S.720 - Serbia Democratization Act of 1999106th Congress (1999-2000)
|Sponsor:||Sen. Helms, Jesse [R-NC] (Introduced 03/25/1999)|
|Committees:||Senate - Foreign Relations|
|Committee Reports:||S. Rept. 106-139|
|Latest Action:||09/26/2000 Sponsor introductory remarks on measure. (CR S9257) (All Actions)|
This bill has the status Passed Senate
Here are the steps for Status of Legislation:
- Passed Senate
Summary: S.720 — 106th Congress (1999-2000)All Information (Except Text)
Serbia Democratization Act of 1999 - Title I: Support for the Democratic Opposition - Authorizes the President to furnish assistance and other support to promote and strengthen institutions of democratic government and the growth of an independent civil society in Yugoslavia (Serbia and Montenegro), including ethnic tolerance and respect for internationally recognized human rights. Authorizes appropriations. Urges the President to take all necessary steps to ensure that such assistance shall not be provided to the Government of Yugoslavia or the Government of Serbia.
Passed Senate amended (11/04/1999)
(Sec. 102) Authorizes the President to provide assistance to the Government of Montenegro, unless the President determines, and reports to the appropriate congressional committees, that the leadership of such government is not committed to, or is not taking steps to promote, democratic principles, the rule of law, or respect for internationally recognized human rights.
(Sec. 103) Directs the Broadcasting Board of Governors to further the open communication of information and ideas through the increased use of radio and television broadcasting (Voice of America and Radio Free Europe-Radio Liberty, Incorporated) to Yugoslavia in both the Serbo-Croatian and Albanian languages.
Title II: Assistance to the Victims of Serbian Oppression - Expresses the sense of Congress that: (1) humanitarian assistance to the victims of the conflict in Kosovo (including refugees and internally displaced persons), and all assistance to rebuild damaged property there, should be the responsibility of the Government of Yugoslavia and the Government of Serbia; (2) under President Milosevic's direction neither government has provided the resources to assist innocent, civilian victims of oppression in Kosovo; and (3) because neither government has fulfilled the responsibilities of a sovereign government toward the Kosovar people, the international community offers the only course for humanitarian assistance to victims of oppression in Kosovo.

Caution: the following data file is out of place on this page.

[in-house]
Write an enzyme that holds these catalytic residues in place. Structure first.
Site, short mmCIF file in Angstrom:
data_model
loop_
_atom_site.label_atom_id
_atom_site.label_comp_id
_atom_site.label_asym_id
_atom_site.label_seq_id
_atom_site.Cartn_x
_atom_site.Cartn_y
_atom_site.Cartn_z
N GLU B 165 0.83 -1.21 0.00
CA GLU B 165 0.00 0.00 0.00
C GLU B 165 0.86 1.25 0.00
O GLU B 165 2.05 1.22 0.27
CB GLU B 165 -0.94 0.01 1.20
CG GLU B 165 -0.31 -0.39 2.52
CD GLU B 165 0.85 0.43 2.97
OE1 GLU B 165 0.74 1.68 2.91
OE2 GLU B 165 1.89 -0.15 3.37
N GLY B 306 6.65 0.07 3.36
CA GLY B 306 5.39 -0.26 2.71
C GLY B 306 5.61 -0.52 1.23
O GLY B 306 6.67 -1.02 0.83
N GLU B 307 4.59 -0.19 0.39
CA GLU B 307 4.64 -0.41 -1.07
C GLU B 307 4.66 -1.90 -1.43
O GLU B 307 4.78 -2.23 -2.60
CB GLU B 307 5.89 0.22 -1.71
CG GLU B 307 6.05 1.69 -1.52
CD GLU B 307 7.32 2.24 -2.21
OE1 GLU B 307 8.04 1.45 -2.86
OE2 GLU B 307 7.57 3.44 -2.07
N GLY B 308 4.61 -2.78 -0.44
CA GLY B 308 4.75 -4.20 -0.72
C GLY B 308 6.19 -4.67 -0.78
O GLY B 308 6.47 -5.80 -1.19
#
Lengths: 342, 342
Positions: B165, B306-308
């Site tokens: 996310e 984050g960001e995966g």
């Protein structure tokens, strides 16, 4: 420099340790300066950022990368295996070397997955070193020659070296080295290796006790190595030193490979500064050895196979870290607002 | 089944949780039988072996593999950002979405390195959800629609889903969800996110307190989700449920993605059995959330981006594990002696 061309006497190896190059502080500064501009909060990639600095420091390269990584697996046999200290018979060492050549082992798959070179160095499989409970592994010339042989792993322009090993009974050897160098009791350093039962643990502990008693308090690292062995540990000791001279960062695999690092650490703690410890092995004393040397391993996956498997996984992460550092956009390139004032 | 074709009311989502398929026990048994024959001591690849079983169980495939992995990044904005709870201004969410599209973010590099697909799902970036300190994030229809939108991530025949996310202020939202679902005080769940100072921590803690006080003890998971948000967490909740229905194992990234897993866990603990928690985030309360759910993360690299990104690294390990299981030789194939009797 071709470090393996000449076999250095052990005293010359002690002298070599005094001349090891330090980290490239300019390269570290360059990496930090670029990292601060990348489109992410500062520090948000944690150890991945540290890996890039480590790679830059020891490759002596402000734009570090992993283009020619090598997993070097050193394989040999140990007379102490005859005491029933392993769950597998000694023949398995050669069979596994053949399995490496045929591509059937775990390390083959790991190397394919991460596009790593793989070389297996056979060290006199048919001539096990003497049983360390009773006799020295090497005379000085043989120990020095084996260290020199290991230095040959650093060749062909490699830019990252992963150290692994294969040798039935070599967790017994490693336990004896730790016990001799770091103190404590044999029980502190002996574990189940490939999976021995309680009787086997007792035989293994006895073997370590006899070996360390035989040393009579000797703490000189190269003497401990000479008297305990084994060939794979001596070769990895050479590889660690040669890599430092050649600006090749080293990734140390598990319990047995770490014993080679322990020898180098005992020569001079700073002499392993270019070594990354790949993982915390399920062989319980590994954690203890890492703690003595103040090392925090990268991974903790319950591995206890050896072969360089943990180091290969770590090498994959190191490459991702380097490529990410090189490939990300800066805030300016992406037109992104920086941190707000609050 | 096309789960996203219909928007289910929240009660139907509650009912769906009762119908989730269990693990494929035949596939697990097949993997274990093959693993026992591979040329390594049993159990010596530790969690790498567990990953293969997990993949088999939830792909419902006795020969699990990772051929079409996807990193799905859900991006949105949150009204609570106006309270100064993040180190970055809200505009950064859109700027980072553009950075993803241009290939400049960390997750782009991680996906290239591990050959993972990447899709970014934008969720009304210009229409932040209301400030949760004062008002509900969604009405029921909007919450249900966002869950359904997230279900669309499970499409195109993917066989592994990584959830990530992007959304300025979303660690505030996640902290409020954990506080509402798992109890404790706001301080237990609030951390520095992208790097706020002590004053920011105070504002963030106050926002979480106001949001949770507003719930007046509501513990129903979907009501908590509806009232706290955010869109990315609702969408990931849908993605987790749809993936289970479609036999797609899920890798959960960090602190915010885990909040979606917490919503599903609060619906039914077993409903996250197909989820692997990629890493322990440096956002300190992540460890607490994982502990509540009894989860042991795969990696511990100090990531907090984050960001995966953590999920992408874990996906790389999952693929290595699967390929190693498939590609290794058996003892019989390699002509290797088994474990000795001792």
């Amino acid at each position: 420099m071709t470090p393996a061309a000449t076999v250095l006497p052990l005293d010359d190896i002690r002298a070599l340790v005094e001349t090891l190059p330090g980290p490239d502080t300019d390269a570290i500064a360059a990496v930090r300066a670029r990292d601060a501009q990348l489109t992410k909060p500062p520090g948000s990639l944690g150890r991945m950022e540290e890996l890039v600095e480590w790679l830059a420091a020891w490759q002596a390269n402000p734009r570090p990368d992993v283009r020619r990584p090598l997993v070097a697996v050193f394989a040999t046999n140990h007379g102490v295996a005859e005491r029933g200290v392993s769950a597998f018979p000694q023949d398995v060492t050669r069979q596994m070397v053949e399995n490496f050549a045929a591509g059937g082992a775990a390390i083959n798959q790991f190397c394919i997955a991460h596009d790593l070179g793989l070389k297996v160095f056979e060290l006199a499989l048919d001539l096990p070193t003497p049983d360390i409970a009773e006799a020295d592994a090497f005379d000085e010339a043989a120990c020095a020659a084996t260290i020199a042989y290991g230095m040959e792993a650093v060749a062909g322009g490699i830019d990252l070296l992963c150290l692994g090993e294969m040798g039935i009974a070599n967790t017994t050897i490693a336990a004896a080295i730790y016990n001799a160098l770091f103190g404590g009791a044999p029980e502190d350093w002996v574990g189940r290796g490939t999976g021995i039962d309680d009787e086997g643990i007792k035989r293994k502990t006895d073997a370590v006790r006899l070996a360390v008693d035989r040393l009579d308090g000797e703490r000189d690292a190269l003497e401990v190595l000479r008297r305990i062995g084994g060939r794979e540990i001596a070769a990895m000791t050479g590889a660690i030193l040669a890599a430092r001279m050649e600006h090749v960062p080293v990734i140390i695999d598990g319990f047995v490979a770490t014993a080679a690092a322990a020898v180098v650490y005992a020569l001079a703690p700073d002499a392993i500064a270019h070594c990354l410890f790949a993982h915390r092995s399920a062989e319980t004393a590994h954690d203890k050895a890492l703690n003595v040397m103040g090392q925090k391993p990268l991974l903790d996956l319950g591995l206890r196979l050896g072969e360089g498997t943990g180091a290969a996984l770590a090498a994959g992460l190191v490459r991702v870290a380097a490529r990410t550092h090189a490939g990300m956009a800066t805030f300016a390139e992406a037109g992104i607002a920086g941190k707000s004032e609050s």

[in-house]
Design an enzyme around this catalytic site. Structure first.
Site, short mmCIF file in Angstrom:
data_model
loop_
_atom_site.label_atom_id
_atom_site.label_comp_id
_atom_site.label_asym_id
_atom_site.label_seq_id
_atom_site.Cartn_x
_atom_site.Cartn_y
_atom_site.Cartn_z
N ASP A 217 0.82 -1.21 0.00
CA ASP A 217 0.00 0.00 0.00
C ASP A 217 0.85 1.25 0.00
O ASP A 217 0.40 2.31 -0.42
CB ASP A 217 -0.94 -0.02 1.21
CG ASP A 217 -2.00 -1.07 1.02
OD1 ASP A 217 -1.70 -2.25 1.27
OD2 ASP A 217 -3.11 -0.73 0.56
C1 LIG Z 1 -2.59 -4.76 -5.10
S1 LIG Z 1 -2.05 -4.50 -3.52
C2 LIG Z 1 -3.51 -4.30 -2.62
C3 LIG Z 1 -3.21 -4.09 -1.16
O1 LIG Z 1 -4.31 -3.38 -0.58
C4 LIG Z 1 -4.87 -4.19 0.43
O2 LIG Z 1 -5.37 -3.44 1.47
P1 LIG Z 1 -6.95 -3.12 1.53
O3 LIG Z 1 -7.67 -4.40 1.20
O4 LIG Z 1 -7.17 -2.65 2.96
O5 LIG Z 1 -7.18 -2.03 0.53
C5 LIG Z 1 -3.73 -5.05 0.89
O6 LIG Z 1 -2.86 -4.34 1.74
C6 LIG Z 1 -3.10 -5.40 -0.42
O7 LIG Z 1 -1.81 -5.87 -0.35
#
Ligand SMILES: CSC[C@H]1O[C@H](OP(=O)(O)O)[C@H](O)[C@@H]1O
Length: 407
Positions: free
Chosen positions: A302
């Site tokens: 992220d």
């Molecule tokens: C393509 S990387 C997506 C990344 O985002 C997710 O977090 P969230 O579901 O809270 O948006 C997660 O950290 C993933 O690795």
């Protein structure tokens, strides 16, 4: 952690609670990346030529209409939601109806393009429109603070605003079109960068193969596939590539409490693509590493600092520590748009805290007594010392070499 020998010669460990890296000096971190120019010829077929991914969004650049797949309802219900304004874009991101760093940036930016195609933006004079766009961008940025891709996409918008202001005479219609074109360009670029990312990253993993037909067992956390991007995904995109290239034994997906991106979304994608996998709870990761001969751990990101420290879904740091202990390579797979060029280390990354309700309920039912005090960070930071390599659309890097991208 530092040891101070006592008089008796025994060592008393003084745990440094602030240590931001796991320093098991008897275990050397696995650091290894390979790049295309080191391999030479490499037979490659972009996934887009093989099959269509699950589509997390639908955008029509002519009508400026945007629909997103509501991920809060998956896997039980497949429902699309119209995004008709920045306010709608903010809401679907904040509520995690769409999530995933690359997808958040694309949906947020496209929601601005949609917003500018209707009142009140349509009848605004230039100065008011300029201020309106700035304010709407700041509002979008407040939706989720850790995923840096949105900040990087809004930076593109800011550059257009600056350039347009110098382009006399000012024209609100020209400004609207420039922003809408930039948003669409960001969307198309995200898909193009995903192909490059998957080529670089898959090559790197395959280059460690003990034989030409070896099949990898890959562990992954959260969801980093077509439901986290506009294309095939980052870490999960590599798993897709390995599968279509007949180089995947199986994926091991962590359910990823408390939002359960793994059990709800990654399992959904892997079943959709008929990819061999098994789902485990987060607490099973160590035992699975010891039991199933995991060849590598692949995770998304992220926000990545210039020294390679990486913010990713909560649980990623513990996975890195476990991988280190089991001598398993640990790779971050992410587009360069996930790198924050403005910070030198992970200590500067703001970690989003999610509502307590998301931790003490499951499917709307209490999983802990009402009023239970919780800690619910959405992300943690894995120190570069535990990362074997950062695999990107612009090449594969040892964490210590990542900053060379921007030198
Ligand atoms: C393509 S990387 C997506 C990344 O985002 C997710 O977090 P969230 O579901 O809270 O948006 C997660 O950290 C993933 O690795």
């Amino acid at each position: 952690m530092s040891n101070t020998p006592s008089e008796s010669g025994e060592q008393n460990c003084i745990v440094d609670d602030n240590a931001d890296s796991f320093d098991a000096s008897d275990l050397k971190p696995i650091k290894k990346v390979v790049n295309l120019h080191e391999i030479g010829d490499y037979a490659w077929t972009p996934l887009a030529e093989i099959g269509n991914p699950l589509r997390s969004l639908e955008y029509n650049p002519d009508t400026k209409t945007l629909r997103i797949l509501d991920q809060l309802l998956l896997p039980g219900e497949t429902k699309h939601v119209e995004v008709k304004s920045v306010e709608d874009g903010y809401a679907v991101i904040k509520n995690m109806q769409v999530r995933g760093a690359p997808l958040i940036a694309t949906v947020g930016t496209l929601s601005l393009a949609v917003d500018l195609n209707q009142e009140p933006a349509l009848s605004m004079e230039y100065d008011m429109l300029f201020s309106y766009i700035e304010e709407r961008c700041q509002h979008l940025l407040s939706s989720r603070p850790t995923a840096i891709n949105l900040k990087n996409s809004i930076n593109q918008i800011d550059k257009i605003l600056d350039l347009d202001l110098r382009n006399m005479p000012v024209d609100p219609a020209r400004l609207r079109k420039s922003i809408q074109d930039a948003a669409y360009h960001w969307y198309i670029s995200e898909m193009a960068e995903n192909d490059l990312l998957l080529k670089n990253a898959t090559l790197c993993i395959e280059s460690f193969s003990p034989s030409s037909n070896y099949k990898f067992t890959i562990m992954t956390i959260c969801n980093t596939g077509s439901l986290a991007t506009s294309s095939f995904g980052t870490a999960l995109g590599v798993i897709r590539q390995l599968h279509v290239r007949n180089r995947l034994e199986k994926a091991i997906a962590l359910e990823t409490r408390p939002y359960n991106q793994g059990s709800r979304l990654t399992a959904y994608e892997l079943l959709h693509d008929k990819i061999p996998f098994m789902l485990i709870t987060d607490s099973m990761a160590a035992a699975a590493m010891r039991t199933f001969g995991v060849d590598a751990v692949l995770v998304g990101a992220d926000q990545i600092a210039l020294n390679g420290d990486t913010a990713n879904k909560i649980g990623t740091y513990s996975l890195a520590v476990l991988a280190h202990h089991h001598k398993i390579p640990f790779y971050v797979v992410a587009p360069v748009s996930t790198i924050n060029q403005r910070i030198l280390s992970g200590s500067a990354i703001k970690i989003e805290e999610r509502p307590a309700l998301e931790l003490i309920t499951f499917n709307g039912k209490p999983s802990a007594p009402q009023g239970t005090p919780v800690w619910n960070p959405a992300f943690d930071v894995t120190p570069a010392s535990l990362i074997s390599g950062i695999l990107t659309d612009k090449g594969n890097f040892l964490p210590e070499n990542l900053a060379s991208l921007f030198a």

(Sec. 203) Authorizes the President to furnish assistance (including economic support funds) under the Foreign Assistance Act of 1961 and the Migration and Refugee Assistance Act of 1962 for: (1) relief, rehabilitation, and reconstruction in Kosovo; and (2) refugees and persons displaced by the conflict there. Prohibits assistance to any group that has been designated as a terrorist organization.
Title III: "Outer Wall" Sanctions - Imposes certain economic and non-economic ("Outer Wall") sanctions against Yugoslavia until the President determines, and certifies to the appropriate congressional committees, that the Government of Yugoslavia has made significant progress in meeting certain conditions, including: (1) agreement on a lasting settlement in Kosovo; (2) compliance with the General Framework Agreement for Peace in Bosnia and Herzegovina; (3) implementation of internal democratic reform; (4) settlement of all succession issues with the other republics that emerged from the break-up of the Socialist Federal Republic of Yugoslavia; and (5) cooperation with the International Criminal Tribunal for the former Yugoslavia, including the transfer of all indicted war criminals in Yugoslavia to the Hague.